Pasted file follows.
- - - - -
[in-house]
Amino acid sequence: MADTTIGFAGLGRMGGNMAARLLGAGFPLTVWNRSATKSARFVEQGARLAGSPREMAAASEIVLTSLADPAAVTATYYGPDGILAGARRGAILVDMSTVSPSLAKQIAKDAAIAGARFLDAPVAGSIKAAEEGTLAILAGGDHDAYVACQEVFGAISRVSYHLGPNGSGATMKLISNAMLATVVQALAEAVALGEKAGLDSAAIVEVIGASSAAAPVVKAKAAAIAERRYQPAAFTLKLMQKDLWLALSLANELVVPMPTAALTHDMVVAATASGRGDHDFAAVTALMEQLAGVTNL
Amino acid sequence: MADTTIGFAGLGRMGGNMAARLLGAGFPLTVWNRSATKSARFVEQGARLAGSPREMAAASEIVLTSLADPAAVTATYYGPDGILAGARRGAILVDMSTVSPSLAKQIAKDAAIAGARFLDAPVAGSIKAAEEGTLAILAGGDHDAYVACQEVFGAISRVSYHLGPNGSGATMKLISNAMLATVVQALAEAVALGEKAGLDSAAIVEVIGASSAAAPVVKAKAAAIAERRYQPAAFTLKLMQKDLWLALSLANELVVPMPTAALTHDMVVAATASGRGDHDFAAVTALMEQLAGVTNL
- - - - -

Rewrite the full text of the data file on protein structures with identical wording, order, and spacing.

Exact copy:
[in-house]
Amino acid sequence: MADTTIGFAGLGRMGGNMAARLLGAGFPLTVWNRSATKSARFVEQGARLAGSPREMAAASEIVLTSLADPAAVTATYYGPDGILAGARRGAILVDMSTVSPSLAKQIAKDAAIAGARFLDAPVAGSIKAAEEGTLAILAGGDHDAYVACQEVFGAISRVSYHLGPNGSGATMKLISNAMLATVVQALAEAVALGEKAGLDSAAIVEVIGASSAAAPVVKAKAAAIAERRYQPAAFTLKLMQKDLWLALSLANELVVPMPTAALTHDMVVAATASGRGDHDFAAVTALMEQLAGVTNL
Amino acid sequence: MADTTIGFAGLGRMGGNMAARLLGAGFPLTVWNRSATKSARFVEQGARLAGSPREMAAASEIVLTSLADPAAVTATYYGPDGILAGARRGAILVDMSTVSPSLAKQIAKDAAIAGARFLDAPVAGSIKAAEEGTLAILAGGDHDAYVACQEVFGAISRVSYHLGPNGSGATMKLISNAMLATVVQALAEAVALGEKAGLDSAAIVEVIGASSAAAPVVKAKAAAIAERRYQPAAFTLKLMQKDLWLALSLANELVVPMPTAALTHDMVVAATASGRGDHDFAAVTALMEQLAGVTNL